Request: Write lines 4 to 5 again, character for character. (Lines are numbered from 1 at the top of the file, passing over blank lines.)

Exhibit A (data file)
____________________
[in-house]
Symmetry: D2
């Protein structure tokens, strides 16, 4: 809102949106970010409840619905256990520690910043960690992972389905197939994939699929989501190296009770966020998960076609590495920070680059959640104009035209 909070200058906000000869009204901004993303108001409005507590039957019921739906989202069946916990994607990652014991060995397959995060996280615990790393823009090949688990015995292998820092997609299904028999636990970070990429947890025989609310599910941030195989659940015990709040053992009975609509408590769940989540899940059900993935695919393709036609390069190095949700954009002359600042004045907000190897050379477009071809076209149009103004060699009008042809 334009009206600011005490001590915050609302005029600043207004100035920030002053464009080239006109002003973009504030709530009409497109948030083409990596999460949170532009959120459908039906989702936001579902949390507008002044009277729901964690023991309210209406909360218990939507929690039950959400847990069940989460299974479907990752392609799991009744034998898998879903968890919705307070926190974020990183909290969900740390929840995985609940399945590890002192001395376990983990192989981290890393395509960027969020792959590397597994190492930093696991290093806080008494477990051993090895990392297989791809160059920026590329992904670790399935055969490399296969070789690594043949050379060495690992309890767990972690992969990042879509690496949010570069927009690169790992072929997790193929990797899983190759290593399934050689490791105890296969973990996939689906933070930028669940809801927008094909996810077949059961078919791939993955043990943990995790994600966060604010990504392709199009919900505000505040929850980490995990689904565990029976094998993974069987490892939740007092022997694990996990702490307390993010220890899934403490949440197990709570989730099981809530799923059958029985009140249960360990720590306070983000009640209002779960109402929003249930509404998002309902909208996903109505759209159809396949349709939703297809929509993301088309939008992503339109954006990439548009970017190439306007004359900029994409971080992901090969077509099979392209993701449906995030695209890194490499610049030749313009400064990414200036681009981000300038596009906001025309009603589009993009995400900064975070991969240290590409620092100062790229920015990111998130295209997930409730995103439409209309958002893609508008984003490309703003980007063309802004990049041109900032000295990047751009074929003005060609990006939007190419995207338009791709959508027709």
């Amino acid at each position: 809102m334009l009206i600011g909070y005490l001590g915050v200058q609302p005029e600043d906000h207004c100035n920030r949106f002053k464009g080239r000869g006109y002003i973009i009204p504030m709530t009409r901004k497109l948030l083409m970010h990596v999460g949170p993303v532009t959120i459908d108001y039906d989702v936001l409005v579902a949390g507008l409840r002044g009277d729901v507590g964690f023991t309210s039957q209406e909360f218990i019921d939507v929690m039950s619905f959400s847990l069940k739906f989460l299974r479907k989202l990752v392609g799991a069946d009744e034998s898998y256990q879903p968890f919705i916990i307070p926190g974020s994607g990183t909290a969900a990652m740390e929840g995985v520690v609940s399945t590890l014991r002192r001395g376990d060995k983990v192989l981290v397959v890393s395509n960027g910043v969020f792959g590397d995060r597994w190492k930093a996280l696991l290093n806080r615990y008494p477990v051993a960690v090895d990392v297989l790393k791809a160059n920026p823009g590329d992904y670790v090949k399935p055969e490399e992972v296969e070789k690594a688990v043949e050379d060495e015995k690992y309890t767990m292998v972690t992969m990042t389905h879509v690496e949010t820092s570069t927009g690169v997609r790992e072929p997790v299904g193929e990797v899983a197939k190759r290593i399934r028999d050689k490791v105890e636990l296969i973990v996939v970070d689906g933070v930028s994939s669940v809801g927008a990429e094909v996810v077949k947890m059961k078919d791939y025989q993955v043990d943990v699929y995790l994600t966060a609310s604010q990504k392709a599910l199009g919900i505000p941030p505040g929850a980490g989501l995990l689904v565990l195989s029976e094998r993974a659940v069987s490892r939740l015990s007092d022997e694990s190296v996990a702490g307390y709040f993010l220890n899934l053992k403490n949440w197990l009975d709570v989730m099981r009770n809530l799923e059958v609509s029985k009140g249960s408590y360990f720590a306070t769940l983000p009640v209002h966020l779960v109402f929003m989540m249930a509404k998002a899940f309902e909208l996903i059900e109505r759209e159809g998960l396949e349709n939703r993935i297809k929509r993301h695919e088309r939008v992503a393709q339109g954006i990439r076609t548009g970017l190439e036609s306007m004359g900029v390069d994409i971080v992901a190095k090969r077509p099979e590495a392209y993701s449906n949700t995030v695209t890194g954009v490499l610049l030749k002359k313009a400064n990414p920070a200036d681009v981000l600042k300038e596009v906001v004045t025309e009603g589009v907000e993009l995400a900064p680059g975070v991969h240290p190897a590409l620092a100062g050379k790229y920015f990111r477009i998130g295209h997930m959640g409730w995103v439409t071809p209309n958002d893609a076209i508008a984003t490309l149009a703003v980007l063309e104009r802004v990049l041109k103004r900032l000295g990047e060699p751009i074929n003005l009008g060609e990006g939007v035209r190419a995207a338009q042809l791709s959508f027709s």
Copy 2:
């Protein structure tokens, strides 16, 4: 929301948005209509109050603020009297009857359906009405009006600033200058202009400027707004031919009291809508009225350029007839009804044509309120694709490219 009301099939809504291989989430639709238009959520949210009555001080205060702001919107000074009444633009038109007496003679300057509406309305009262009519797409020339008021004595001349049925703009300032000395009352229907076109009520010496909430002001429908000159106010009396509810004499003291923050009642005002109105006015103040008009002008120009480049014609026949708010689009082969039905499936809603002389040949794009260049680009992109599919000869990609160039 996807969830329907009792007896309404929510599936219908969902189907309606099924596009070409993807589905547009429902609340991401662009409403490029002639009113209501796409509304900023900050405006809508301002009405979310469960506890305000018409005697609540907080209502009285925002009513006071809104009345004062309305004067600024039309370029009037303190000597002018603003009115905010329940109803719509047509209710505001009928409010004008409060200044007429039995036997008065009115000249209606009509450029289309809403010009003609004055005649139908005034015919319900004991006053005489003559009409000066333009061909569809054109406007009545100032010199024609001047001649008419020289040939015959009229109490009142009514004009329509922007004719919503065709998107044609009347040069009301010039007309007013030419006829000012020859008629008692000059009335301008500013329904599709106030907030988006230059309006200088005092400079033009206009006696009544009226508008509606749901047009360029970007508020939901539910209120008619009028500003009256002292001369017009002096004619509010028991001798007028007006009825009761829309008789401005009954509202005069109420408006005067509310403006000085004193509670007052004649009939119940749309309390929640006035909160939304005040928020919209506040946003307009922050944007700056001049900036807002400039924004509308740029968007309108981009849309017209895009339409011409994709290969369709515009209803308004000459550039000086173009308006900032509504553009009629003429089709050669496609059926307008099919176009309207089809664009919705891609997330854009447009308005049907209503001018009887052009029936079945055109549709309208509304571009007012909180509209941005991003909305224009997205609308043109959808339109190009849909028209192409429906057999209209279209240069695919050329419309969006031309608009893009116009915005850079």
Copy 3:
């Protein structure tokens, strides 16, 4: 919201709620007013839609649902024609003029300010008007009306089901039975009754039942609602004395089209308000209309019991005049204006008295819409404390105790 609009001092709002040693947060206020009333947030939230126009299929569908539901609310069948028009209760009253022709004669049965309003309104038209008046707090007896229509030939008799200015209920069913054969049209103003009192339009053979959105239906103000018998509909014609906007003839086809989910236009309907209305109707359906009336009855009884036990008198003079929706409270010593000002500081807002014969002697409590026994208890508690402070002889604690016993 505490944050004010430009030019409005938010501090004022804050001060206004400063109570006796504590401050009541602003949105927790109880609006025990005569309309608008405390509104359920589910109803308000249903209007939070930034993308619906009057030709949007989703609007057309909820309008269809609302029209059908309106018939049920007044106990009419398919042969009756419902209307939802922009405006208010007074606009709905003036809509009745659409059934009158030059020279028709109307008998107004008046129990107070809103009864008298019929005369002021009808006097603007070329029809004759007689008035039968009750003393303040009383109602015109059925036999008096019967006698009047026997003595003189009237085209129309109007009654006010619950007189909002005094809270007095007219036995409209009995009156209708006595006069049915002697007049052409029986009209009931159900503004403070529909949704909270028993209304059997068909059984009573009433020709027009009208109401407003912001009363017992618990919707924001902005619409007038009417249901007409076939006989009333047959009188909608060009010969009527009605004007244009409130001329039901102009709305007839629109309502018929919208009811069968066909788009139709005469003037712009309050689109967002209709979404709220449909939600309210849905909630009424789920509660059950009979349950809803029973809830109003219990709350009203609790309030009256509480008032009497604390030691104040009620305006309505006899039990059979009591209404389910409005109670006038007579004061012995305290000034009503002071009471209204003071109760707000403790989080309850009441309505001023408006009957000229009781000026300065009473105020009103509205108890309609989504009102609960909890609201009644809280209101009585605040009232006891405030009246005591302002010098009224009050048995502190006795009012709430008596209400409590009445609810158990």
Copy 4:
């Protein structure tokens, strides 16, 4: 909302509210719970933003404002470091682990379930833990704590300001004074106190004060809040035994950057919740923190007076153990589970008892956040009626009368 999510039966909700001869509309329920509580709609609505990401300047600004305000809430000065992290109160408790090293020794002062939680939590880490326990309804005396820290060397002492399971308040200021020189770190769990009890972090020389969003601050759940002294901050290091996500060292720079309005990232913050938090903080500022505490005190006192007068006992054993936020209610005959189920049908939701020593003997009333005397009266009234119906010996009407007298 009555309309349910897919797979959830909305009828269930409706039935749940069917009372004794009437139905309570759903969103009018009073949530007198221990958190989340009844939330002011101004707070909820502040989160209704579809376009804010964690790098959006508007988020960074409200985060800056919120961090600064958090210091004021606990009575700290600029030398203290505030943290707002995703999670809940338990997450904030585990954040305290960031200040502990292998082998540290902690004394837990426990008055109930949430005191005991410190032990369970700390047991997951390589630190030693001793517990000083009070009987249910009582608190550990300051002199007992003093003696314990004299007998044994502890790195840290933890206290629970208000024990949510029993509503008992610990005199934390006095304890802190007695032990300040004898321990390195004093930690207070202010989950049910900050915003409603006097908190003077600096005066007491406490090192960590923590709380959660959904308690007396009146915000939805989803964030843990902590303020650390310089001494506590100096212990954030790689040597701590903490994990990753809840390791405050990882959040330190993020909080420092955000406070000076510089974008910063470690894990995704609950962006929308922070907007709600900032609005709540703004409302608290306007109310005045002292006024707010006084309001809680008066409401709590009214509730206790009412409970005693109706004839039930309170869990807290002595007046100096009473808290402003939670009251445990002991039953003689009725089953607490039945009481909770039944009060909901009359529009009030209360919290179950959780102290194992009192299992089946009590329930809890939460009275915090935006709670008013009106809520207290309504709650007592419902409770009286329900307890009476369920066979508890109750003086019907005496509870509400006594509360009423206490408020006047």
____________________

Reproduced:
């Amino acid at each position: 809102m334009l009206i600011g909070y005490l001590g915050v200058q609302p005029e600043d906000h207004c100035n920030r949106f002053k464009g080239r000869g006109y002003i973009i009204p504030m709530t009409r901004k497109l948030l083409m970010h990596v999460g949170p993303v532009t959120i459908d108001y039906d989702v936001l409005v579902a949390g507008l409840r002044g009277d729901v507590g964690f023991t309210s039957q209406e909360f218990i019921d939507v929690m039950s619905f959400s847990l069940k739906f989460l299974r479907k989202l990752v392609g799991a069946d009744e034998s898998y256990q879903p968890f919705i916990i307070p926190g974020s994607g990183t909290a969900a990652m740390e929840g995985v520690v609940s399945t590890l014991r002192r001395g376990d060995k983990v192989l981290v397959v890393s395509n960027g910043v969020f792959g590397d995060r597994w190492k930093a996280l696991l290093n806080r615990y008494p477990v051993a960690v090895d990392v297989l790393k791809a160059n920026p823009g590329d992904y670790v090949k399935p055969e490399e992972v296969e070789k690594a688990v043949e050379d060495e015995k690992y309890t767990m292998v972690t992969m990042t389905h879509v690496e949010t820092s570069t927009g690169v997609r790992e072929p997790v299904g193929e990797v899983a197939k190759r290593i399934r028999d050689k490791v105890e636990l296969i973990v996939v970070d689906g933070v930028s994939s669940v809801g927008a990429e094909v996810v077949k947890m059961k078919d791939y025989q993955v043990d943990v699929y995790l994600t966060a609310s604010q990504k392709a599910l199009g919900i505000p941030p505040g929850a980490g989501l995990l689904v565990l195989s029976e094998r993974a659940v069987s490892r939740l015990s007092d022997e694990s190296v996990a702490g307390y709040f993010l220890n899934l053992k403490n949440w197990l009975d709570v989730m099981r009770n809530l799923e059958v609509s029985k009140g249960s408590y360990f720590a306070t769940l983000p009640v209002h966020l779960v109402f929003m989540m249930a509404k998002a899940f309902e909208l996903i059900e109505r759209e159809g998960l396949e349709n939703r993935i297809k929509r993301h695919e088309r939008v992503a393709q339109g954006i990439r076609t548009g970017l190439e036609s306007m004359g900029v390069d994409i971080v992901a190095k090969r077509p099979e590495a392209y993701s449906n949700t995030v695209t890194g954009v490499l610049l030749k002359k313009a400064n990414p920070a200036d681009v981000l600042k300038e596009v906001v004045t025309e009603g589009v907000e993009l995400a900064p680059g975070v991969h240290p190897a590409l620092a100062g050379k790229y920015f990111r477009i998130g295209h997930m959640g409730w995103v439409t071809p209309n958002d893609a076209i508008a984003t490309l149009a703003v980007l063309e104009r802004v990049l041109k103004r900032l000295g990047e060699p751009i074929n003005l009008g060609e990006g939007v035209r190419a995207a338009q042809l791709s959508f027709s």
Copy 2: